No lines. No checkouts. … No cashier jobs?
On Monday morning, Amazon unveiled its new vision for the future of brick-and-mortar grocery stores: Amazon Go.
The new service offered by the online-shopping colossus allows customers to walk into the store, grab what they want and simply leave the building — without interacting with another human being or waiting in line.
Amazon says the company brought together the most advanced machine learning and artificial intelligence to eliminate cash registers in a new 1,800-square-foot store in Seattle.
Amazon Go is already open to Amazon employees through its beta program and is scheduled to open to the public in early 2017.
As seen in a video released by the company, shoppers scan a code from the Amazon Go app on their smartphones at a kiosk and then proceed to fill up their carts. The video’s narrator says that a virtual cart automatically registers every time a customer picks up or puts down an item and that Amazon accounts are only charged once someone leaves the store.
“We used computer vision, deep-learning algorithms and sensor fusion much like you’d find in self-driving cars. We call it “Just Walk Out Technology,’” he says.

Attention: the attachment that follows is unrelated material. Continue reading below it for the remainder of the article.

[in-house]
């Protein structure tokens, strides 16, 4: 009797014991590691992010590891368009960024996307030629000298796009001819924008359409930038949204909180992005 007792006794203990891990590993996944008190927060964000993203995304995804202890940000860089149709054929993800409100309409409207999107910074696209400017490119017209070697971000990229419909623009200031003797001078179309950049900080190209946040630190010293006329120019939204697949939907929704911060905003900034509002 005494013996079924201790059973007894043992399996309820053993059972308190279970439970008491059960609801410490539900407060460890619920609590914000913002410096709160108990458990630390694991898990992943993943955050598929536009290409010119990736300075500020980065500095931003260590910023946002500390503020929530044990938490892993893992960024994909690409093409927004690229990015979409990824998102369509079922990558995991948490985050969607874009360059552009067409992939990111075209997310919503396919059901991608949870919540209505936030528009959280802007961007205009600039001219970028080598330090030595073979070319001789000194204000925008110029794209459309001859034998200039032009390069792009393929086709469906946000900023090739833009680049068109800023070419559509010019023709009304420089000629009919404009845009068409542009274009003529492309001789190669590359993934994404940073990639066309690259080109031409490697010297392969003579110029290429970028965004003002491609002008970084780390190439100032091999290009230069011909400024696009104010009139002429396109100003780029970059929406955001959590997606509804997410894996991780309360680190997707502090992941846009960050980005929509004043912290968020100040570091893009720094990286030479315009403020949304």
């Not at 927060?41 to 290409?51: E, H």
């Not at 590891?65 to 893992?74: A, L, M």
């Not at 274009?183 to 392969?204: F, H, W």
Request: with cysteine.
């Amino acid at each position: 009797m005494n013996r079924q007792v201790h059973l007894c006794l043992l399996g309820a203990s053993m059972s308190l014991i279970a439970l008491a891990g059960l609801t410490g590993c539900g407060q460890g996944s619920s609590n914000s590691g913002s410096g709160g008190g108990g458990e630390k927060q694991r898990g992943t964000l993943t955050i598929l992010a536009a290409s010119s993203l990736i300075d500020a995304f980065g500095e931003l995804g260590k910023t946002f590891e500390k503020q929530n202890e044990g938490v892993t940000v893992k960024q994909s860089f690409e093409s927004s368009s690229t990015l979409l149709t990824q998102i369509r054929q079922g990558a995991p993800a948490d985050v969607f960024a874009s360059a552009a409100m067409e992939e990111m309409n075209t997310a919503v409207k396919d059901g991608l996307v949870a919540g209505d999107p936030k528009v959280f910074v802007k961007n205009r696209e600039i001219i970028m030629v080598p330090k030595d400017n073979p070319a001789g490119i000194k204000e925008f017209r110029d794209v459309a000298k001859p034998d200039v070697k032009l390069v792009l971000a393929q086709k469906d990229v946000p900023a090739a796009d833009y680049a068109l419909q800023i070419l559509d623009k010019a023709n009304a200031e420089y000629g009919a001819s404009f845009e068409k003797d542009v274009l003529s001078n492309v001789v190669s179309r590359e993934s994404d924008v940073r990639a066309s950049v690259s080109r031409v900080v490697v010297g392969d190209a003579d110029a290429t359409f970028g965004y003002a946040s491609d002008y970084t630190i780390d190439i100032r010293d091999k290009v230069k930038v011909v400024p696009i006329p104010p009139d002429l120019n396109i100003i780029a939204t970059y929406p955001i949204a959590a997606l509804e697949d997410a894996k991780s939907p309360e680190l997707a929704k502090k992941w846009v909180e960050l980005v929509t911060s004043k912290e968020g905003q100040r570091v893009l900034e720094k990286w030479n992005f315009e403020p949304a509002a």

According to Amazon, the store will offer ready-to-eat breakfast, lunch, dinner and snack options, as well as grocery essentials like bread and milk. It is located at 2131 Seventh Avenue in Seattle.
Reaction to the e-commerce giant’s new technology is unsurprisingly split between people who are impressed with the convenience and those alarmed by what this means for cashiers, one of the most common occupations in the United States. If this innovation is broadly adopted, it would drastically change the landscape of the retail industry.
The Bureau of Labor Statistics reports that there are 3,478,420 cashiers in the U.S. earning a mean hourly wage of $10.09 per hour.
An Amazon spokesperson referred Yahoo News to the company’s announcement about the new store.
“Four years ago, we asked ourselves: What if we could create a shopping experience with no lines and no checkout?” the website reads in part. “Could we push the boundaries of computer vision and machine learning to create a store where customers could simply take what they want and go? Our answer to those questions is Amazon Go and Just Walk Out Shopping.”